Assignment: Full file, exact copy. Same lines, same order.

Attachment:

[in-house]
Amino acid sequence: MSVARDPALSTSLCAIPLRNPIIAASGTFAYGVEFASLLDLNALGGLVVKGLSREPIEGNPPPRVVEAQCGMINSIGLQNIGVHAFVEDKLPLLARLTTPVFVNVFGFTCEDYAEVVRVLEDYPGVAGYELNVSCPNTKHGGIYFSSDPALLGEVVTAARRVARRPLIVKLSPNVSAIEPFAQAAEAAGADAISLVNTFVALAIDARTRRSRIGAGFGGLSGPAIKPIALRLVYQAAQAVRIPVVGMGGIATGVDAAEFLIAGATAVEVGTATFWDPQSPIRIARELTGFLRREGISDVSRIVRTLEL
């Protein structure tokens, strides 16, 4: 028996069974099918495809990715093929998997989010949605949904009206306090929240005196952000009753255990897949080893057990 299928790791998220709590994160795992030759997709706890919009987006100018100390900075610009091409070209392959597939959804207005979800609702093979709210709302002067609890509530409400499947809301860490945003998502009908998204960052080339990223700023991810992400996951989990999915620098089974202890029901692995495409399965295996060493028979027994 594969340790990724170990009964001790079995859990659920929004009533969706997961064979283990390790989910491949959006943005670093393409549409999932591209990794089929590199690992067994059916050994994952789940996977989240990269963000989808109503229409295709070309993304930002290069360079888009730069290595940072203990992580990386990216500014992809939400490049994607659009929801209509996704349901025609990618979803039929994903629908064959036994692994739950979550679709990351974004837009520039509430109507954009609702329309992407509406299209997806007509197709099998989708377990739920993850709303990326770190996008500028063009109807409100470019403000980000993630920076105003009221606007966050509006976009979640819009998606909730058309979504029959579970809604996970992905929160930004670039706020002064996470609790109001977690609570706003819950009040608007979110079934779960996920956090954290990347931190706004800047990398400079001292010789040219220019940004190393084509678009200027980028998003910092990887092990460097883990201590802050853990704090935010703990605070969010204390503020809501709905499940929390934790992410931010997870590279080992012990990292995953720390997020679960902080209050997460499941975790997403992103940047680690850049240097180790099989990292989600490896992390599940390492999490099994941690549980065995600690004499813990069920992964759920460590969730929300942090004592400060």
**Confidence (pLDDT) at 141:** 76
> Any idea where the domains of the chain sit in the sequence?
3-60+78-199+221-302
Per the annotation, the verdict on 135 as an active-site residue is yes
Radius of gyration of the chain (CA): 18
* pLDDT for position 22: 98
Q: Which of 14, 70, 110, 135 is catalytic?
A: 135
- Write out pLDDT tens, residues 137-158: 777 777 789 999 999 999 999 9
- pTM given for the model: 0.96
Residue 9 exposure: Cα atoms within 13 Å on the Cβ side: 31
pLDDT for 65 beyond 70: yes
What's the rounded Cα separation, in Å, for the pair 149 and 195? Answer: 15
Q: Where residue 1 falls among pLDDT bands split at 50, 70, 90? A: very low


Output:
[in-house]
Amino acid sequence: MSVARDPALSTSLCAIPLRNPIIAASGTFAYGVEFASLLDLNALGGLVVKGLSREPIEGNPPPRVVEAQCGMINSIGLQNIGVHAFVEDKLPLLARLTTPVFVNVFGFTCEDYAEVVRVLEDYPGVAGYELNVSCPNTKHGGIYFSSDPALLGEVVTAARRVARRPLIVKLSPNVSAIEPFAQAAEAAGADAISLVNTFVALAIDARTRRSRIGAGFGGLSGPAIKPIALRLVYQAAQAVRIPVVGMGGIATGVDAAEFLIAGATAVEVGTATFWDPQSPIRIARELTGFLRREGISDVSRIVRTLEL
């Protein structure tokens, strides 16, 4: 028996069974099918495809990715093929998997989010949605949904009206306090929240005196952000009753255990897949080893057990 299928790791998220709590994160795992030759997709706890919009987006100018100390900075610009091409070209392959597939959804207005979800609702093979709210709302002067609890509530409400499947809301860490945003998502009908998204960052080339990223700023991810992400996951989990999915620098089974202890029901692995495409399965295996060493028979027994 594969340790990724170990009964001790079995859990659920929004009533969706997961064979283990390790989910491949959006943005670093393409549409999932591209990794089929590199690992067994059916050994994952789940996977989240990269963000989808109503229409295709070309993304930002290069360079888009730069290595940072203990992580990386990216500014992809939400490049994607659009929801209509996704349901025609990618979803039929994903629908064959036994692994739950979550679709990351974004837009520039509430109507954009609702329309992407509406299209997806007509197709099998989708377990739920993850709303990326770190996008500028063009109807409100470019403000980000993630920076105003009221606007966050509006976009979640819009998606909730058309979504029959579970809604996970992905929160930004670039706020002064996470609790109001977690609570706003819950009040608007979110079934779960996920956090954290990347931190706004800047990398400079001292010789040219220019940004190393084509678009200027980028998003910092990887092990460097883990201590802050853990704090935010703990605070969010204390503020809501709905499940929390934790992410931010997870590279080992012990990292995953720390997020679960902080209050997460499941975790997403992103940047680690850049240097180790099989990292989600490896992390599940390492999490099994941690549980065995600690004499813990069920992964759920460590969730929300942090004592400060």
**Confidence (pLDDT) at 141:** 76
> Any idea where the domains of the chain sit in the sequence?
3-60+78-199+221-302
Per the annotation, the verdict on 135 as an active-site residue is yes
Radius of gyration of the chain (CA): 18
* pLDDT for position 22: 98
Q: Which of 14, 70, 110, 135 is catalytic?
A: 135
- Write out pLDDT tens, residues 137-158: 777 777 789 999 999 999 999 9
- pTM given for the model: 0.96
Residue 9 exposure: Cα atoms within 13 Å on the Cβ side: 31
pLDDT for 65 beyond 70: yes
What's the rounded Cα separation, in Å, for the pair 149 and 195? Answer: 15
Q: Where residue 1 falls among pLDDT bands split at 50, 70, 90? A: very low